Falcons: Emergency QB John Parker Wilson, S William Moore, RB Jerious Norwood, FB Ovie Mughelli, S Antoine Harris, OT Garrett Reynolds, G Quinn Ojinnaka
I'll be paying close attention to Cowboys wide receiver Roy Williams the first time he takes a shot. I think it's important for him to catch an early ball and take a hit. Once he does that, I think he'll be ready to go. The Falcons are under-staffed in the secondary today and I've always thought cornerback Chris Houston was a little soft.
Posted by ESPN.com's Matt Mosley
DENVER -- Cowboys coaches and athletic trainers were gathered around running back Marion Barber (left quad) as he worked out a couple hours before the game. The Beast reported last night that Tashard Choice would get the majority of the carries. And unless Barber made some incredible progress, I expect that to hold up.
Here are the inactives for both teams:
Cowboys: QB Stephen McGee (emer.), RB Felix Jones, S Mike Hamlin, G Montrae Holland, C Duke Preston, T Pat McQuistan, WR Kevin Ogletree LB Curtis Johnson
Broncos: QB Tom Brandstater (emer.), CB Alphonso Smith, ILB/FB Spencer Larsen, G/C Ben Hamilton, DL Chris Baker, T Brandon Gorin, WR Brandon Lloyd, OLB/DE Jarvis Moss
Posted by ESPN.com's Matt Mosley
ARLINGTON, Texas -- As we've been predicting all week, Cowboys running back Marion Barber will be inactive tonight against the Panthers. Owner Jerry Jones all but ruled him out this afternoon, and now it's clear that Felix Jones and Tashard Choice will get the majority of the carries.
Here are the rest of the Cowboys' inactives: QB Stephen McGee (emergency), S Mike Hamlin, LB Jason Williams, G Montrae Holland, C/G Duke Preston, T Pat McQuistan, WR Kevin Ogletree
For the Panthers: QB A.J. Feeley (emergency), RB Tyrell Sutton, S Chris Harris, FB Brad Hoover, LB Na'il Diggs, T Garry Williams, G Duke Robinson, DE Everette Brown
Posted by ESPN.com's Matt Mosley
The Cowboys closed out the preseason Friday with a heart-stopping 35-31 victory over the Vikings. OK, maybe no one's heart stopped, but there were some fairly interesting things to discuss following the game. Some players sealed roster spots. Others simply confirmed their tickets out of Dallas. Now let's take a look at my Cowboys-Vikings observations. And yes, I'm absolutely thrilled to be writing my final commentary on a preseason game.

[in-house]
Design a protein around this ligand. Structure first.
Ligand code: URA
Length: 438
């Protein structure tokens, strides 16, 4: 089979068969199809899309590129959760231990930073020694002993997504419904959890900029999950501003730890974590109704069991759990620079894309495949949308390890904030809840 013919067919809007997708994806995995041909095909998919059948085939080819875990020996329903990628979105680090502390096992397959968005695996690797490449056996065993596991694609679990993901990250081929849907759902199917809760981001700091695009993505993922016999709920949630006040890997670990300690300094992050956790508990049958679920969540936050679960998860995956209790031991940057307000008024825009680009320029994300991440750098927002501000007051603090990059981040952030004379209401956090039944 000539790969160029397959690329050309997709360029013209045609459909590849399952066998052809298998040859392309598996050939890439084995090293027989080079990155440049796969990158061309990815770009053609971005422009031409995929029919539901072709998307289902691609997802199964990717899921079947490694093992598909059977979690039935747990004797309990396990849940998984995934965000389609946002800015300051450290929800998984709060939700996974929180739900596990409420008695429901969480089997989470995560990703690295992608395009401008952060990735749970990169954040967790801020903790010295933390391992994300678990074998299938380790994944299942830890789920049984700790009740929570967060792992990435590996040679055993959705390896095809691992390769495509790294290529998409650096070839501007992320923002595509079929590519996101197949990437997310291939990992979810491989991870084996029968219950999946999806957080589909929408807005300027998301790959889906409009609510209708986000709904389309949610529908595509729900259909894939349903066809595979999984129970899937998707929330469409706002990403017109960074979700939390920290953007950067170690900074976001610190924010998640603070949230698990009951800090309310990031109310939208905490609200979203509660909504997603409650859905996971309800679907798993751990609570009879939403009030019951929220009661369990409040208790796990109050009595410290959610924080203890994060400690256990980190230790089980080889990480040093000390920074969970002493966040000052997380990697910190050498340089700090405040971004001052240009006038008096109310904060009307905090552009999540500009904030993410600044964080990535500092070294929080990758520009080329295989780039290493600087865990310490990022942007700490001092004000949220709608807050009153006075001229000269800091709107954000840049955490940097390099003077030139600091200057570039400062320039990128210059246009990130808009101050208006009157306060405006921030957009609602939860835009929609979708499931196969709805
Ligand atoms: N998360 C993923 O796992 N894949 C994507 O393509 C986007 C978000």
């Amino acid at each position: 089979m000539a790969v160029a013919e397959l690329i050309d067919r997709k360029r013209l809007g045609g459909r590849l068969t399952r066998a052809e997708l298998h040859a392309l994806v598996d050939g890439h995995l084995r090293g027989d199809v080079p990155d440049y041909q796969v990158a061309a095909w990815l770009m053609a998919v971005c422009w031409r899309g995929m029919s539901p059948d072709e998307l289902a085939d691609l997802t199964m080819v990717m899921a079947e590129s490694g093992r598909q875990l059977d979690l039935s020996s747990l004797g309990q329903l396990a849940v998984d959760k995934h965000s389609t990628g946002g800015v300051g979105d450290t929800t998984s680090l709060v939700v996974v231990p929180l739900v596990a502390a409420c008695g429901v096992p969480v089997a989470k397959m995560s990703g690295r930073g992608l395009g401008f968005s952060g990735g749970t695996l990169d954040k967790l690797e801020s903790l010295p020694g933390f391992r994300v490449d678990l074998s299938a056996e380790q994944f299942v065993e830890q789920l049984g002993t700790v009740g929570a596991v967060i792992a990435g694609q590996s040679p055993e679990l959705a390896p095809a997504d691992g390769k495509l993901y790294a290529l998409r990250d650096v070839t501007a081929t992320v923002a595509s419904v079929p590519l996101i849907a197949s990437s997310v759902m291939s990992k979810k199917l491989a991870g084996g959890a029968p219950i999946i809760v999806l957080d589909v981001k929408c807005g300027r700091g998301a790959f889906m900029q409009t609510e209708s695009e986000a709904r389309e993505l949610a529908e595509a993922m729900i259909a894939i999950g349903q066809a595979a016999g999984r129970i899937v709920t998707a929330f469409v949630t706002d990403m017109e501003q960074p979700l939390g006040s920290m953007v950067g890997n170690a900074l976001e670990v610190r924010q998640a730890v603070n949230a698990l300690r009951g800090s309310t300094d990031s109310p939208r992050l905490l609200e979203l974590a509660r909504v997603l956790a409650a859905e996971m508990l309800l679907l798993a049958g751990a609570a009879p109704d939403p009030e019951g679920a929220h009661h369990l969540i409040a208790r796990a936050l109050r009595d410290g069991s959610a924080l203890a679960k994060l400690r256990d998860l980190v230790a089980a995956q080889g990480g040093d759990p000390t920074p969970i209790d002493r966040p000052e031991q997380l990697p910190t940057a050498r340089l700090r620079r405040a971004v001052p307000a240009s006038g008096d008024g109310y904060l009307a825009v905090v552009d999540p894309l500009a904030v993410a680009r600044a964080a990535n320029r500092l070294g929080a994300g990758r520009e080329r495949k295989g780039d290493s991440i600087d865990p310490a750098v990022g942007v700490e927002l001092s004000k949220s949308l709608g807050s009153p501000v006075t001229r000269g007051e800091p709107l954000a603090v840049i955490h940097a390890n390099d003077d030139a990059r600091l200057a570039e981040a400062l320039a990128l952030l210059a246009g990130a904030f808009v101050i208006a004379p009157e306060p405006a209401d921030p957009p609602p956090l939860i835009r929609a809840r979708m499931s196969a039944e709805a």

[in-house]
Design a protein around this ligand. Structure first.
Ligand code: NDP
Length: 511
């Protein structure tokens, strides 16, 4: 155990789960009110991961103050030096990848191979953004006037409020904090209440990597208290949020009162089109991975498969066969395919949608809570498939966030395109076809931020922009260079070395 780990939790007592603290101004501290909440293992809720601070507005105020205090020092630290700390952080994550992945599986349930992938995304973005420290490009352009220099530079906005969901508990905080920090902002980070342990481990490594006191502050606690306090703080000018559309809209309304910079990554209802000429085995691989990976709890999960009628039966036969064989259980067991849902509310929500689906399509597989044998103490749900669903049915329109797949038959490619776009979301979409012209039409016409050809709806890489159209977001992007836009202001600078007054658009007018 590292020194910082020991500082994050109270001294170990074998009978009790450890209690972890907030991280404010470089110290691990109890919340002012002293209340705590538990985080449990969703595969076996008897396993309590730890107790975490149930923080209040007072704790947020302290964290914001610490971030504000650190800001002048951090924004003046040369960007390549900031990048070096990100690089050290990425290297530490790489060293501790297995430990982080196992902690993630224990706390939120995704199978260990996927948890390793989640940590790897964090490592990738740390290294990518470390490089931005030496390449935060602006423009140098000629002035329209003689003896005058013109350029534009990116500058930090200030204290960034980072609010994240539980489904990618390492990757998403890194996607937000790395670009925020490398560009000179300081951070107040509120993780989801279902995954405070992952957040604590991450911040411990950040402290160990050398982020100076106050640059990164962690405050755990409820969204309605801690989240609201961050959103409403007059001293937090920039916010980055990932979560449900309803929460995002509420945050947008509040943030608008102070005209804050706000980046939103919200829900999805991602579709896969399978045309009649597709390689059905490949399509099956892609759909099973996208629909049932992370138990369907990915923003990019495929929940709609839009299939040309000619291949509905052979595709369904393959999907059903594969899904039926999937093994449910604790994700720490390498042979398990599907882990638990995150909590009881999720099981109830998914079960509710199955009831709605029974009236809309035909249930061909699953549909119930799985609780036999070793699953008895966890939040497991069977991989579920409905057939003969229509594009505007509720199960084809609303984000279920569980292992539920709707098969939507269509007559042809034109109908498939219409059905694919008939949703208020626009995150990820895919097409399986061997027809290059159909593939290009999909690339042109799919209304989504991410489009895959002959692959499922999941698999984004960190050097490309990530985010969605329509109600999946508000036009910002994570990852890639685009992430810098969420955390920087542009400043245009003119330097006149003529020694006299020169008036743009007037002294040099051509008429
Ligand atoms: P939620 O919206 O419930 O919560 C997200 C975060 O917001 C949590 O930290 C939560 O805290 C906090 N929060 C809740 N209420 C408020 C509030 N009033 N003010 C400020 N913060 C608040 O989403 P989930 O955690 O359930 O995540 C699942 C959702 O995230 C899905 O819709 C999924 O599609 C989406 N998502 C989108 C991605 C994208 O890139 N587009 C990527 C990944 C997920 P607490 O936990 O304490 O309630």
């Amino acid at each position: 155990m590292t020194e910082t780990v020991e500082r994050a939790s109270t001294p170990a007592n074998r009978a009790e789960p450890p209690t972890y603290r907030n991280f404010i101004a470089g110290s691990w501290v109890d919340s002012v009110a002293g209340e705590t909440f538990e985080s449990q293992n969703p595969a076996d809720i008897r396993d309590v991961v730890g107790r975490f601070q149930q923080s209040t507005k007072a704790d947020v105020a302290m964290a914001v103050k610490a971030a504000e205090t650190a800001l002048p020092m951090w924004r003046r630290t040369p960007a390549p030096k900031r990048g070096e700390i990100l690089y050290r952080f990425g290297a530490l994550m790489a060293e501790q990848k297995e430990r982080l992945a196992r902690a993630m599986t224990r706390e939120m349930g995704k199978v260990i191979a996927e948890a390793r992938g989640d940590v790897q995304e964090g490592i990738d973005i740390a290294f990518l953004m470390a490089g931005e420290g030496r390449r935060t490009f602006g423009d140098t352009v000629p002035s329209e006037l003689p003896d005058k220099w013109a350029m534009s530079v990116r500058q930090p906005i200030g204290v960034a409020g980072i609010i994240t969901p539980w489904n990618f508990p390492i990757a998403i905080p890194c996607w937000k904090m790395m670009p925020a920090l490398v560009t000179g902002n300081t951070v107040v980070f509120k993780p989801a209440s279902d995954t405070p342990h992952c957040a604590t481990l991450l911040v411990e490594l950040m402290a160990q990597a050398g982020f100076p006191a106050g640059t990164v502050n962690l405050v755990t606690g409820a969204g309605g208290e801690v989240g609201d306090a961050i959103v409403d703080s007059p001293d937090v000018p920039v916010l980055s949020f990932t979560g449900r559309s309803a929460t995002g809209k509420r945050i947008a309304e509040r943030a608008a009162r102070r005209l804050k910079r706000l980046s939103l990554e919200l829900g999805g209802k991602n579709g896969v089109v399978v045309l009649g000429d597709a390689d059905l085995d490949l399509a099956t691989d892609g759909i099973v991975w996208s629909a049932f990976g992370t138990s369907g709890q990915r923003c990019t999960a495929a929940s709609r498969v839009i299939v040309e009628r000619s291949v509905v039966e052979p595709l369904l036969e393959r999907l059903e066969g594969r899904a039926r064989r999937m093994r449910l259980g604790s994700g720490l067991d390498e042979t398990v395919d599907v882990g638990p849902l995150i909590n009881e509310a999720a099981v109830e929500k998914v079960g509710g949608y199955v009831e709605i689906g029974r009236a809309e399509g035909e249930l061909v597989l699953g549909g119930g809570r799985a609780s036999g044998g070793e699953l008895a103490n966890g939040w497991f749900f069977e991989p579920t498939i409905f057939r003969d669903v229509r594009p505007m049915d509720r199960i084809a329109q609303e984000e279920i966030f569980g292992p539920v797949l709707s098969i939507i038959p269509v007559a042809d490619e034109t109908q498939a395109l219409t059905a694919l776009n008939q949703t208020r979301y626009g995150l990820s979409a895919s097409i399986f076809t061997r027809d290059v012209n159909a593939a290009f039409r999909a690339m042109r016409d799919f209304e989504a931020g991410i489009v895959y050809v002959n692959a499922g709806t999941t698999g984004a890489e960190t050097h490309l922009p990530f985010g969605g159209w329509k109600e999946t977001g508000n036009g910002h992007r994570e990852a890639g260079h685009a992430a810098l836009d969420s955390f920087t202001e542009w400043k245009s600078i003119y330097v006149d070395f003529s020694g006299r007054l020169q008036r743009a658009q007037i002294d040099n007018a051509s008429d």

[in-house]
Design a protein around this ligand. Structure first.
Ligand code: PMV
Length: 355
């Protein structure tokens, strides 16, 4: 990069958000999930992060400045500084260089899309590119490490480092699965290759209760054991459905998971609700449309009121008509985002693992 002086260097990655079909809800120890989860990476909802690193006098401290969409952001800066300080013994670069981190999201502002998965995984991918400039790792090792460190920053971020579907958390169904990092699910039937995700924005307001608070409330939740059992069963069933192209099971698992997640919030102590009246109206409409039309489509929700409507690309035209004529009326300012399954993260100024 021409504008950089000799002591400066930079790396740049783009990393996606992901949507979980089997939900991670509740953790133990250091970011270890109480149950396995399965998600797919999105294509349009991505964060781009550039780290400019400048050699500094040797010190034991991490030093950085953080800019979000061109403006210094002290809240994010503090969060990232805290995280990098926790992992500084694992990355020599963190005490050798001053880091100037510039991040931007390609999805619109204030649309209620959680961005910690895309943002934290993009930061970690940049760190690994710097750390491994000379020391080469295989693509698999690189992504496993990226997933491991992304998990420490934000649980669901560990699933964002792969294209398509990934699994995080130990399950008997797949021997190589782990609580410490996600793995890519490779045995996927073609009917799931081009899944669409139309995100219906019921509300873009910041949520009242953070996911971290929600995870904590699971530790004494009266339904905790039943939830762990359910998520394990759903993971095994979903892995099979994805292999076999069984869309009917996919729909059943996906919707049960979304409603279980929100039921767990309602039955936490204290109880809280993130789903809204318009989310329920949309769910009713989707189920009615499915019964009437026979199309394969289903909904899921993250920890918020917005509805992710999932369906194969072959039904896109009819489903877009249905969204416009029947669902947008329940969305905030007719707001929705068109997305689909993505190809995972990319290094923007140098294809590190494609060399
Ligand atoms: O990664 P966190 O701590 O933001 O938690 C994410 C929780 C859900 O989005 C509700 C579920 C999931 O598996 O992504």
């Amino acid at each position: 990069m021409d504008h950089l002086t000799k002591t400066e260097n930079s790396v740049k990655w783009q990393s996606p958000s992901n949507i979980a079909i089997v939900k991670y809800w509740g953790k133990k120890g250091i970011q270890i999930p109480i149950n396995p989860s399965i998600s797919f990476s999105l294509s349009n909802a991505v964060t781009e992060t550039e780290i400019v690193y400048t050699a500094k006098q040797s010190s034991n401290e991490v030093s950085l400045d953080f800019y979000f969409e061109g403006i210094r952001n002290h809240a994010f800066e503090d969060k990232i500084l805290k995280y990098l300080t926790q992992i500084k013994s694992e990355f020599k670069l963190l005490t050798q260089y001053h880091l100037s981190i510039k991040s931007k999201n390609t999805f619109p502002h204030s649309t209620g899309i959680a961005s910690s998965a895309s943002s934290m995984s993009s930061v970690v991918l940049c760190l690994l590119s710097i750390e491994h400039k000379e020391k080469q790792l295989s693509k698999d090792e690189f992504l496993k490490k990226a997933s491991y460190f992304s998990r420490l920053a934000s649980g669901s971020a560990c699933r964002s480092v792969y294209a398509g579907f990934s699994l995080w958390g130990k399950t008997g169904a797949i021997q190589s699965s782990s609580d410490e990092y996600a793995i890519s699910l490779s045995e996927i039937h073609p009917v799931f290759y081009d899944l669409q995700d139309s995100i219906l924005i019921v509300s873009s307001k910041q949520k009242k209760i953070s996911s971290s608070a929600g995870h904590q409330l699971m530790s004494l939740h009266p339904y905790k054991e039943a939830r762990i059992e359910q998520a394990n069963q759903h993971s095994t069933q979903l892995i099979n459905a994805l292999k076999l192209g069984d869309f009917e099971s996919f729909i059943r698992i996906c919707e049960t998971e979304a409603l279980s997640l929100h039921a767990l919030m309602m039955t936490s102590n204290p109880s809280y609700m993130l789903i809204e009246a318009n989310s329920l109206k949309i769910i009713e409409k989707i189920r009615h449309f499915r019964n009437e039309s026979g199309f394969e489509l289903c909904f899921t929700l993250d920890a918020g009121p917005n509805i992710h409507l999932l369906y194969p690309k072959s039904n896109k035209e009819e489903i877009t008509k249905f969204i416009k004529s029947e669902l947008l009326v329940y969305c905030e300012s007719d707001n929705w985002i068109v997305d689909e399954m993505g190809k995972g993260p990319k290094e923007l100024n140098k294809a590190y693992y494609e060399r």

- Second-year tight end Martellus Bennett was the offensive star of this game. He led the team in receiving during the preseason and he added three more catches for 51 yards in the first quarter. At 6-6, he offers Tony Romo and Jon Kitna a big strike zone. And he's very graceful in making catches. On his 31-yard catch on the opening drive, he positioned his body perfectly to shield the ball from the safety. Witten and Bennett have to be considered the top tight end duo in the NFC (and maybe the entire league) heading into the season. I also liked how Bennett sold that he was blocking down on the Kitna waggle, and then he bolted out to the right to provide an easy target. Bennett's poised for a breakout season -- and one Dallas columnist flew all the way to Minneapolis to chart his progress.
- Kevin Ogletree, welcome to the 53-man roster. Not that I had any doubt heading into this game, but the free-agent rookie out of Virginia validated all the praise he's received in the preseason with a nice catch on third down and a 5-yard touchdown on the Cowboys' first drive. He's a smooth route runner who has a knack for getting wide open in the end zone. When the Vikings busted coverage, Ogletree came racing across the back of the end zone for the touchdown.